SUBMITTED BY: JC Knowles
Lawrence O’Bryan Branch was born at Enfield, North Carolina on November 28, 1820. When he was five years old, his mother died. After her death, he and his father moved to Tennessee where his father then died in 1827. Following his father’s death, young Branch returned to his native North Carolina and was raised by his uncle John Branch, who at the time was serving as Governor of the state. John Branch also distinguished himself as Secretary of the Navy in 1829.
Lawrence Branch spent a year or so attending the Bingham Military Academy at Hillsborough. Following the Academy, he attended Princeton. He graduated first in his class in 1838. In 1844, he married Nancy Haywood Blount, the daughter of General William Augustus Blount of Washington, N.C., and soon afterward they made their home in Raleigh, North Carolina.
With the start of the Civil War, Branch joined the army in the spring of 1861 as a private in the Raleigh Rifles. Later, he accepted the office of the State Quartermaster General. His was promoted quickly, for in 1861 he was appointed Brigadier General in the provisional army of the Confederate States, his command including the Seventh, Eighteenth, Twenty-eighth, Thirty-third, and Thirty-seventh Regiments (North Carolina).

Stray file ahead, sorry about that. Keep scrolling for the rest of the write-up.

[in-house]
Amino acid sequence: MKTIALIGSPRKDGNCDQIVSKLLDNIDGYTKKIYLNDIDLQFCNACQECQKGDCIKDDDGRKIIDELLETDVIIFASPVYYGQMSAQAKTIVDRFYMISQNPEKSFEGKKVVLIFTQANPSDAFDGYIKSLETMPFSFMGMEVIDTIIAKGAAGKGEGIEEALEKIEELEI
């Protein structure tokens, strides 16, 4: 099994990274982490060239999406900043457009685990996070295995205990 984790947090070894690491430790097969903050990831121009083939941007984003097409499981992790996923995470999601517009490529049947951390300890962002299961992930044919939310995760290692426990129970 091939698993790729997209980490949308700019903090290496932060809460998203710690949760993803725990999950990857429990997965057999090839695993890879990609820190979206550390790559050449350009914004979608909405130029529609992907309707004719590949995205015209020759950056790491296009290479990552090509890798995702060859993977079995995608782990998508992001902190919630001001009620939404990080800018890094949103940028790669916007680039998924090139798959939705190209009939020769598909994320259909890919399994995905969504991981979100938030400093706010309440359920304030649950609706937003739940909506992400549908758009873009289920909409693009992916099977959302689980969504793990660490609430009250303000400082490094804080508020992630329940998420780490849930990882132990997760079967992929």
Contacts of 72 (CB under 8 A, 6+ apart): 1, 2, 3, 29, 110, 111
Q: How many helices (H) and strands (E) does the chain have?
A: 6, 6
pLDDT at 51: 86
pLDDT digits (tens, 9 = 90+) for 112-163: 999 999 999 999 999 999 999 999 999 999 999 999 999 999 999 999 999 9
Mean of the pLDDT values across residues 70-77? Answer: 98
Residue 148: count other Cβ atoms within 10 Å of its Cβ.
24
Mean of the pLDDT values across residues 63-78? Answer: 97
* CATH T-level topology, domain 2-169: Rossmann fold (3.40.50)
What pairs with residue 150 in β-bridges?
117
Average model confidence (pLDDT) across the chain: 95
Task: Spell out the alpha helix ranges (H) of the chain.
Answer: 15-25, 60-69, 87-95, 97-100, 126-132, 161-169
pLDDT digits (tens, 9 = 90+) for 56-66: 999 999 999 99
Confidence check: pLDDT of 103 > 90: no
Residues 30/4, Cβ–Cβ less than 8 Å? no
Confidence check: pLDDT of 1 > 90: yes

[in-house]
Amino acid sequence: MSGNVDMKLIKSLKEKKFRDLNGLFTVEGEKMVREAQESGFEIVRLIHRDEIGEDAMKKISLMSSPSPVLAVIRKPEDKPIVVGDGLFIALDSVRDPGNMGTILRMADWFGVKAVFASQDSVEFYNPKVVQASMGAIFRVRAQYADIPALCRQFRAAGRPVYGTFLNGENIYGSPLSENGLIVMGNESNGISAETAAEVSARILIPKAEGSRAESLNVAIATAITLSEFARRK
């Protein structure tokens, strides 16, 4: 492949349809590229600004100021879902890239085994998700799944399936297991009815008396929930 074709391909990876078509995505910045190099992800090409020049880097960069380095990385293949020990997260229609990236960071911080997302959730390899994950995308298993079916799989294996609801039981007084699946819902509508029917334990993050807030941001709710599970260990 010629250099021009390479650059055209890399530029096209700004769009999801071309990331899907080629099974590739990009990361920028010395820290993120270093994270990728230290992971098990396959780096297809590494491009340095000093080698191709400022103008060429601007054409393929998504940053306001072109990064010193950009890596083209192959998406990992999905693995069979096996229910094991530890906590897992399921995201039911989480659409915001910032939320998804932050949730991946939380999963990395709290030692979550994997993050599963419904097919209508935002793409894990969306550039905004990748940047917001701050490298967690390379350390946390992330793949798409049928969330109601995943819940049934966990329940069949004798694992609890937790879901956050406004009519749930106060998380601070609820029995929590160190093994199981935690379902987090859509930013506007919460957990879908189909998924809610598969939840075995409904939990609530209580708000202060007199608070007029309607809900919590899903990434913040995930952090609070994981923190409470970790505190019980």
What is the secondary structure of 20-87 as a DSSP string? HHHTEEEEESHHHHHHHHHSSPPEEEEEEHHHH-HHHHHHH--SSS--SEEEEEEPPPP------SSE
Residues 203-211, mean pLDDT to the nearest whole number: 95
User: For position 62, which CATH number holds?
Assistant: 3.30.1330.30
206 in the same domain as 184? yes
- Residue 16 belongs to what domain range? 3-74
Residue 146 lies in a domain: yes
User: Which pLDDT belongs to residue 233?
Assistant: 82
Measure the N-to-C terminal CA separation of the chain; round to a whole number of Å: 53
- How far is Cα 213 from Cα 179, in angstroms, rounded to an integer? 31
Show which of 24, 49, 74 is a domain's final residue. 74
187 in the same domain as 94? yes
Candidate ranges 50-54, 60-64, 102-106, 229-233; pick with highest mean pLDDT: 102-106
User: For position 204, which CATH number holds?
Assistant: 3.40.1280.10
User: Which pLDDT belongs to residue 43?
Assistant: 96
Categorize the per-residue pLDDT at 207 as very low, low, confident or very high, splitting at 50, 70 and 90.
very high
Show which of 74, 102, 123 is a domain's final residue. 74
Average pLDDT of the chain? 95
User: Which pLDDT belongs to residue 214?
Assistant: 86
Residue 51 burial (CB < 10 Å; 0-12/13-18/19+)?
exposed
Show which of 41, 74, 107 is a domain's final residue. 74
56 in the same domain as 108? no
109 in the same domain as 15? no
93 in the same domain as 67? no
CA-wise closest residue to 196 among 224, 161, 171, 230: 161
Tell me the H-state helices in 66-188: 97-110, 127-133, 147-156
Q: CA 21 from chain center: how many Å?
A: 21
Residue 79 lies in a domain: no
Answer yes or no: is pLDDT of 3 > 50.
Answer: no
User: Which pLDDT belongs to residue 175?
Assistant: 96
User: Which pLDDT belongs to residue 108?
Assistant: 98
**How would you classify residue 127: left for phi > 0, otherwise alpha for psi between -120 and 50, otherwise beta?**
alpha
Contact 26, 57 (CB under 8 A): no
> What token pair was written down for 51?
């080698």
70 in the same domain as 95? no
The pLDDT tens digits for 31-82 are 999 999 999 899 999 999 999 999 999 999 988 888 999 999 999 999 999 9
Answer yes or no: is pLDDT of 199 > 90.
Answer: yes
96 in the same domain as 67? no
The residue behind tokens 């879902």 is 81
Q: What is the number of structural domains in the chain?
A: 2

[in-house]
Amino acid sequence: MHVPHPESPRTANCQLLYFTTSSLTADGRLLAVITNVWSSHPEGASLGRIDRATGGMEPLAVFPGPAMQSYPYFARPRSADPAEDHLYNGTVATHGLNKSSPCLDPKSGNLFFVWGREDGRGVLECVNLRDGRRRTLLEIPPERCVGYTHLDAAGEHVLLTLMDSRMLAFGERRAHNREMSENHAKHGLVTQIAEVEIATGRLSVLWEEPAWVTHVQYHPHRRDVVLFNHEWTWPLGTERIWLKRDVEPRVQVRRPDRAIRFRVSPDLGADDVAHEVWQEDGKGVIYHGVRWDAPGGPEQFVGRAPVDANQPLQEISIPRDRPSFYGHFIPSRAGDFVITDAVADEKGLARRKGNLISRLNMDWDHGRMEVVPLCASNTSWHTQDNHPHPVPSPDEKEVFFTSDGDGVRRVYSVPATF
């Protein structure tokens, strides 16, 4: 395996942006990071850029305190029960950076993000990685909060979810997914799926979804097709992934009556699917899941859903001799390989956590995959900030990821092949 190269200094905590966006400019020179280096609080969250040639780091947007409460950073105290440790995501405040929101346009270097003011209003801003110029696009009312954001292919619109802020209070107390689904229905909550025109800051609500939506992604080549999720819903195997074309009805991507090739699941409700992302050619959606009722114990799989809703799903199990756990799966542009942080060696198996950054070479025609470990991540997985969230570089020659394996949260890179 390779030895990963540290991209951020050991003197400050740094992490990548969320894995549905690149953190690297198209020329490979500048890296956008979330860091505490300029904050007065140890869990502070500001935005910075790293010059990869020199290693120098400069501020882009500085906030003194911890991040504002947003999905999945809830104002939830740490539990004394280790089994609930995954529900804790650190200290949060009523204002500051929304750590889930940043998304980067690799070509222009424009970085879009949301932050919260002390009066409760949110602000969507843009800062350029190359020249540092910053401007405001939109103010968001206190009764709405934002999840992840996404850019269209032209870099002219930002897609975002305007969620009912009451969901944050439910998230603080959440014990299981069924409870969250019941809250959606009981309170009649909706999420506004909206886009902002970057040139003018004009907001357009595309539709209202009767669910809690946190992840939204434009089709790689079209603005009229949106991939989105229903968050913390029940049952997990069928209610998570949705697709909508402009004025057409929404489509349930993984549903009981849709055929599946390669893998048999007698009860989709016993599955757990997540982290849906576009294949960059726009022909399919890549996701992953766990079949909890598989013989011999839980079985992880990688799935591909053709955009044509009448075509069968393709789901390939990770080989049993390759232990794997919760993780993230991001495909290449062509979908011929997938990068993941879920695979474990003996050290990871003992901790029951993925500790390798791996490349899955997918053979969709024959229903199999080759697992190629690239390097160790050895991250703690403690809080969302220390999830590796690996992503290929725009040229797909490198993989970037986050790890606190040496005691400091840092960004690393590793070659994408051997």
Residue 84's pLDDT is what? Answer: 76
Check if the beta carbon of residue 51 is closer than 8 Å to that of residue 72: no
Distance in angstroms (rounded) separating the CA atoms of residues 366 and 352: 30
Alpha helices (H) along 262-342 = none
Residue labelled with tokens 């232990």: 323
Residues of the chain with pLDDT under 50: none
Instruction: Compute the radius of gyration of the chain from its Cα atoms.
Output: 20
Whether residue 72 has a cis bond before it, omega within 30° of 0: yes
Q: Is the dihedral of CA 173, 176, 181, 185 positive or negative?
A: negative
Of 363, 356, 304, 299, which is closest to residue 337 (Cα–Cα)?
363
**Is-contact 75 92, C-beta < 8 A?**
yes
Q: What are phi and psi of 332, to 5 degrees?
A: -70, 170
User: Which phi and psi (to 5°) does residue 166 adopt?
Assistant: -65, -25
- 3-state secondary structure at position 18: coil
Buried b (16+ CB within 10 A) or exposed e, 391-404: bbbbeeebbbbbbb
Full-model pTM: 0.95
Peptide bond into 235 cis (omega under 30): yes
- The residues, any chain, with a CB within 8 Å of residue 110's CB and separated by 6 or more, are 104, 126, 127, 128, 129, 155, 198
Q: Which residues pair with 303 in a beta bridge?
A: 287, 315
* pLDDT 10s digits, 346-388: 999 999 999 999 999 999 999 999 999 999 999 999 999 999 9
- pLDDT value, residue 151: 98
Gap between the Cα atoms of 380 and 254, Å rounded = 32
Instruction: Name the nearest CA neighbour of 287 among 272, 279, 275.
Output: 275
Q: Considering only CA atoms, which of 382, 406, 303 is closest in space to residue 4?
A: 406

Branch saw action in the Battle of New Bern, Peninsula Campaign, West Virginia Campaign, Maryland Campaign, and in the Battle of Antietam. At Antietam, on September 17, 1862, Branch led his troops on a swift march from Harper’s Ferry to Sharpsburg, Maryland, where the battle of Antietam was fought. Following the battle, a Yankee sharpshooter fired a shot that killed Branch instantly. Branch, a man who truly made a difference, is buried in the old Raleigh City Cemetery.